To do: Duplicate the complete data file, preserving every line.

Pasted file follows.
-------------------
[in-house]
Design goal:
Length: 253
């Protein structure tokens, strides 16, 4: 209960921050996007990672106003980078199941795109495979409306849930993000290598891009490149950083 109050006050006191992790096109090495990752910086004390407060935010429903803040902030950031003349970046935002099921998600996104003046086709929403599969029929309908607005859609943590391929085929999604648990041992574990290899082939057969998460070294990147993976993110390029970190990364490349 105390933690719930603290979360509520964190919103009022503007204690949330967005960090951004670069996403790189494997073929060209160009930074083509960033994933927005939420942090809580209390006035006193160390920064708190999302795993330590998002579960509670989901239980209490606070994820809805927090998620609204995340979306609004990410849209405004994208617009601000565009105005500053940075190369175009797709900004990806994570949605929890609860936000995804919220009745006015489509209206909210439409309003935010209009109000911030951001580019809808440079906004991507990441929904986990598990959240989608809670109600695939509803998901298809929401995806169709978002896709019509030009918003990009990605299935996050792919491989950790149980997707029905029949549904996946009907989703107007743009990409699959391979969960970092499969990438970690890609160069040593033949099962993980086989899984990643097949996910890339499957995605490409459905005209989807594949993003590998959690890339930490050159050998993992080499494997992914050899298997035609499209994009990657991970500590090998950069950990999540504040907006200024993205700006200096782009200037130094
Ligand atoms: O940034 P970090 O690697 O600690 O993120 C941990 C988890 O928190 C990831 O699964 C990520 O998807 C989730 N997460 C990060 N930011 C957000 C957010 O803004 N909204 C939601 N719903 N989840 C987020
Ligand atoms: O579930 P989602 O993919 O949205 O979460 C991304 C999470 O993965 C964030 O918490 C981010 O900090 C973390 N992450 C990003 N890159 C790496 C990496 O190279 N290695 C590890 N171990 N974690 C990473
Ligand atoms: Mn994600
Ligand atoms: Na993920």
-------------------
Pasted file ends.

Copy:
[in-house]
Design goal:
Length: 253
């Protein structure tokens, strides 16, 4: 209960921050996007990672106003980078199941795109495979409306849930993000290598891009490149950083 109050006050006191992790096109090495990752910086004390407060935010429903803040902030950031003349970046935002099921998600996104003046086709929403599969029929309908607005859609943590391929085929999604648990041992574990290899082939057969998460070294990147993976993110390029970190990364490349 105390933690719930603290979360509520964190919103009022503007204690949330967005960090951004670069996403790189494997073929060209160009930074083509960033994933927005939420942090809580209390006035006193160390920064708190999302795993330590998002579960509670989901239980209490606070994820809805927090998620609204995340979306609004990410849209405004994208617009601000565009105005500053940075190369175009797709900004990806994570949605929890609860936000995804919220009745006015489509209206909210439409309003935010209009109000911030951001580019809808440079906004991507990441929904986990598990959240989608809670109600695939509803998901298809929401995806169709978002896709019509030009918003990009990605299935996050792919491989950790149980997707029905029949549904996946009907989703107007743009990409699959391979969960970092499969990438970690890609160069040593033949099962993980086989899984990643097949996910890339499957995605490409459905005209989807594949993003590998959690890339930490050159050998993992080499494997992914050899298997035609499209994009990657991970500590090998950069950990999540504040907006200024993205700006200096782009200037130094
Ligand atoms: O940034 P970090 O690697 O600690 O993120 C941990 C988890 O928190 C990831 O699964 C990520 O998807 C989730 N997460 C990060 N930011 C957000 C957010 O803004 N909204 C939601 N719903 N989840 C987020
Ligand atoms: O579930 P989602 O993919 O949205 O979460 C991304 C999470 O993965 C964030 O918490 C981010 O900090 C973390 N992450 C990003 N890159 C790496 C990496 O190279 N290695 C590890 N171990 N974690 C990473
Ligand atoms: Mn994600
Ligand atoms: Na993920």